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Competitive tenders and razor-thin margins: medium-term expectations for PV in MENA

By Molly Lempriere
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The Sakaka solar project in Saudi Arabia. Image: Huawei.

In recent years the solar industry has seen some of the largest and cheapest contracts awarded in the MENA region. But with concerns over component price and availability, what can the industry expect from the solar sector in the MENA region in the medium-term?


In recent years, solar development in the Middle East and North Africa (MENA) region has taken off, with some of the world’s largest projects announced. So far, these have been largely dominated by the wealthier states which have been tendering for capacity.

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“There are a few markets that are seeing important growth in the region, who are beginning to contract projects,” said Heymi Bahar, senior analyst – Renewable Energy Markets and Policy at the International Energy Agency (IEA).

“The United Arab Emirates, Saudi Arabia, Egypt, all these have a big pipeline of projects and expect increasing installations in coming years. There’s also Qatar in addition to this.”

But alongside these states, we’ve also now seen growing pipelines in countries like Oman, Kuwait and Tunisia, while countries like Pakistan and Iraq are engaging in their first utility-scale projects.

Large-scale tenders and low bids

So far tenders have been launched across the MENA region, including by Saudi Arabia’s Renewable Energy Project Development Office (REPDO) which ran an initial two tenders, one for solar and one for wind, in 2017. The 300MW Sakaka solar project from state-owned developer ACWA Power won a year later, with a winning bid of US$0.0236/kWh, which at the time was a world record.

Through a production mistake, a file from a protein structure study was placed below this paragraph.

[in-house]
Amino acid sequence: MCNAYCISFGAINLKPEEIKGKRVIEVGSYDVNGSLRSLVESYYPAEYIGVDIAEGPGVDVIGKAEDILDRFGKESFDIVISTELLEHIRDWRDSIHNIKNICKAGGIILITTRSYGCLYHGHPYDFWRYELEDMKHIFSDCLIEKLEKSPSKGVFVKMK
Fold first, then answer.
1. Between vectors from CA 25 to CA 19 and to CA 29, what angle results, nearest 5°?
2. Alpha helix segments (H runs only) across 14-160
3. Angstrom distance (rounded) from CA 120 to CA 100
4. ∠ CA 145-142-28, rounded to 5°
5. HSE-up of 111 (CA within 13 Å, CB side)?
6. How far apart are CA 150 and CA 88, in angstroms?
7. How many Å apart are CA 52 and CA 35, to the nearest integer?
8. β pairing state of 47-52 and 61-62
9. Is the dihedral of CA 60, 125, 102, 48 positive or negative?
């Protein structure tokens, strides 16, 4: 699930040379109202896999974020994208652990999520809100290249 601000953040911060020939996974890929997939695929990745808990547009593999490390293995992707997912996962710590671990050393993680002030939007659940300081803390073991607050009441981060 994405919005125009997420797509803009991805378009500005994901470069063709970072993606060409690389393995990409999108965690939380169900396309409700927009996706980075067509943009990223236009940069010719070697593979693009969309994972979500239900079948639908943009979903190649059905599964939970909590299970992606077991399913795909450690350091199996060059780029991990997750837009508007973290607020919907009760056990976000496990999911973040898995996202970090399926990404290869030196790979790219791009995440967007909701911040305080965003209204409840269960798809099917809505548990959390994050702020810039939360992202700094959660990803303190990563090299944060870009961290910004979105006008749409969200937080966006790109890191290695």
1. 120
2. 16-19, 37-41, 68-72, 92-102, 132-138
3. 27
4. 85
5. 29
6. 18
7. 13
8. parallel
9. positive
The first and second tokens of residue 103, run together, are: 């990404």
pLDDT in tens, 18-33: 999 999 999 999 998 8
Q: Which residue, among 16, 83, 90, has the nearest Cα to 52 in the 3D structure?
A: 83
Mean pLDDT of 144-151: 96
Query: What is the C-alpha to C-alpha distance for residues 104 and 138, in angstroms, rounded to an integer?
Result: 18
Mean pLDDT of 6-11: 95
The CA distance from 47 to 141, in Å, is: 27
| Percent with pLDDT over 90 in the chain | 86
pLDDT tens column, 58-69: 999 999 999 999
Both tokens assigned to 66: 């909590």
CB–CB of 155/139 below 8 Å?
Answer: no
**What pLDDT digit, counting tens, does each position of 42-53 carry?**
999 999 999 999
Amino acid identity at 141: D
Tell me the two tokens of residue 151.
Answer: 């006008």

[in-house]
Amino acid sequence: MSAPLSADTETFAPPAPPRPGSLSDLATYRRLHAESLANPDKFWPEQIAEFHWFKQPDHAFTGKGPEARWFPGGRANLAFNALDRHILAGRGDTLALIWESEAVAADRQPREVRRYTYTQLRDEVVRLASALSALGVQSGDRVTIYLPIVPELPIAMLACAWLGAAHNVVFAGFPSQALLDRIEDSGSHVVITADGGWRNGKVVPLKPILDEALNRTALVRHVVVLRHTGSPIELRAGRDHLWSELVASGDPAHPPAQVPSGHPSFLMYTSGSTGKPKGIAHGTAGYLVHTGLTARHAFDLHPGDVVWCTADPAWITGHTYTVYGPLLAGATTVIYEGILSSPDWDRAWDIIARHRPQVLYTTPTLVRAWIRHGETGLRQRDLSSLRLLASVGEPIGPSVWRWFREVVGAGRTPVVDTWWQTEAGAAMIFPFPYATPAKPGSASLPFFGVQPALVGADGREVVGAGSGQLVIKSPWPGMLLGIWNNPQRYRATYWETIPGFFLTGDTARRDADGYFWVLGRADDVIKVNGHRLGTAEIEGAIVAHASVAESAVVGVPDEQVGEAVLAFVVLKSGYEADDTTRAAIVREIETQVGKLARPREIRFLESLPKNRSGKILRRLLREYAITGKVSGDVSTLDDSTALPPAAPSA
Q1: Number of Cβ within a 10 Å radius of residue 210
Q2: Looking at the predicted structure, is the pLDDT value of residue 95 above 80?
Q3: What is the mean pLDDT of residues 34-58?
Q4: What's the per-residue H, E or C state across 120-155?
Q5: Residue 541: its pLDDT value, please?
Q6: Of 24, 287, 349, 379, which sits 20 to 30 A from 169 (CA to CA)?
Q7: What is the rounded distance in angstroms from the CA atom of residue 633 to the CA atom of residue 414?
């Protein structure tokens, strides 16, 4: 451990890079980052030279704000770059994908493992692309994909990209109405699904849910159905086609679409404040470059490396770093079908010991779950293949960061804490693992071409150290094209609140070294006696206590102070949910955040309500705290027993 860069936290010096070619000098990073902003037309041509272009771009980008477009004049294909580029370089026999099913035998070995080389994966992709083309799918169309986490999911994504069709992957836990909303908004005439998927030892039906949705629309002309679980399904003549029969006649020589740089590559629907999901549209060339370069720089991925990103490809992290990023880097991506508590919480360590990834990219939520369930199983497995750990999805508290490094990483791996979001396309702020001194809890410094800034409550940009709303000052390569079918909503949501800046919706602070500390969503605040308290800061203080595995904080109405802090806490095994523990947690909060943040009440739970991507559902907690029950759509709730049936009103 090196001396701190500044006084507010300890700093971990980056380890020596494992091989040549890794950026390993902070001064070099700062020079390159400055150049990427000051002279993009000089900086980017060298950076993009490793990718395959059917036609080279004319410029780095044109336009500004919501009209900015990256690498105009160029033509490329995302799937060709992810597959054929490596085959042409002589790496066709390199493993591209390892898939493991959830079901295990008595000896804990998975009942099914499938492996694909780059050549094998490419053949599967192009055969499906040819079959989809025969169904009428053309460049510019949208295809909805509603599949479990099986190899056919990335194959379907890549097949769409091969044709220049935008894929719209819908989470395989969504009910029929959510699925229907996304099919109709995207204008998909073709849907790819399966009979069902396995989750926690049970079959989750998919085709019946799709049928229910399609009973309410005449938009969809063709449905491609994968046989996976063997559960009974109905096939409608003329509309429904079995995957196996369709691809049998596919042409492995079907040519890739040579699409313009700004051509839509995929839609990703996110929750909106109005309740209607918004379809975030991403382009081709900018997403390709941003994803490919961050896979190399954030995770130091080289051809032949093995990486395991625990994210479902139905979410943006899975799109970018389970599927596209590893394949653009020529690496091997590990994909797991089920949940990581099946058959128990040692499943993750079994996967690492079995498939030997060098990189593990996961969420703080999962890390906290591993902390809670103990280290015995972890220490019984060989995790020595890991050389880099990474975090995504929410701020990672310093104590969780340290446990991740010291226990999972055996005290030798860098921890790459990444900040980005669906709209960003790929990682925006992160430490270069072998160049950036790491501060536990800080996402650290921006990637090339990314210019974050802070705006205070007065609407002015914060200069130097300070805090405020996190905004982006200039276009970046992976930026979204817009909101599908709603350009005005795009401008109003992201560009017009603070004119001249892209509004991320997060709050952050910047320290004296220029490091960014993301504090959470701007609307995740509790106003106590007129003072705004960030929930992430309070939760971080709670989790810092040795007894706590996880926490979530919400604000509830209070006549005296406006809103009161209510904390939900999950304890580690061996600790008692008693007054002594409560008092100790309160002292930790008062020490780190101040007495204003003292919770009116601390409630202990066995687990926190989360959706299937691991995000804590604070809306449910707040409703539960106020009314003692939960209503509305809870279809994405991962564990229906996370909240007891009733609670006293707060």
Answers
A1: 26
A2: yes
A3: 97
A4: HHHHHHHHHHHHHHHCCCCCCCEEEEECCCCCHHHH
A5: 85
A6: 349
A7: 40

The Sakaka solar project was inaugurated in April 2021. It is the Kingdom’s first utility-scale solar project, with ACWA claiming it had “paved the way for subsequent projects of the National Renewable Energy Program (NREP) to lower the cost of clean solar electricity in the Kingdom”.

Its record has been broken a number of times since however, including by Qatar’s first solar tender which saw a price of just US$0.01747/kWh. The 800MW Al Kharsaah Solar PV IPP Project is being developed by a consortium of French energy giant Total (49%) and Japanese conglomerate Marubeni (51%).

Targeting solar development

Given local decarbonisation goals, further tenders are expected in the coming years, with build out set to occur in the medium-term. Israel is targeting 30% of electricity production from solar energy by 2030, while Morocco is aiming for 52% renewable energy by the same year and Oman set a target to derive 20% of electricity from renewables by 2027 in its National Energy Strategy in August 2021.

One potential exception to this is the United Arab Emirates. The country has seen some of the highest solar PV growth in the region thus far, but this has been driven largely by the policies of different authorities rather than a nationwide push. Dubai and Abu Dhabi in particular have tendered for large amounts of solar, meaning they do not have far to go to hit their renewables targets.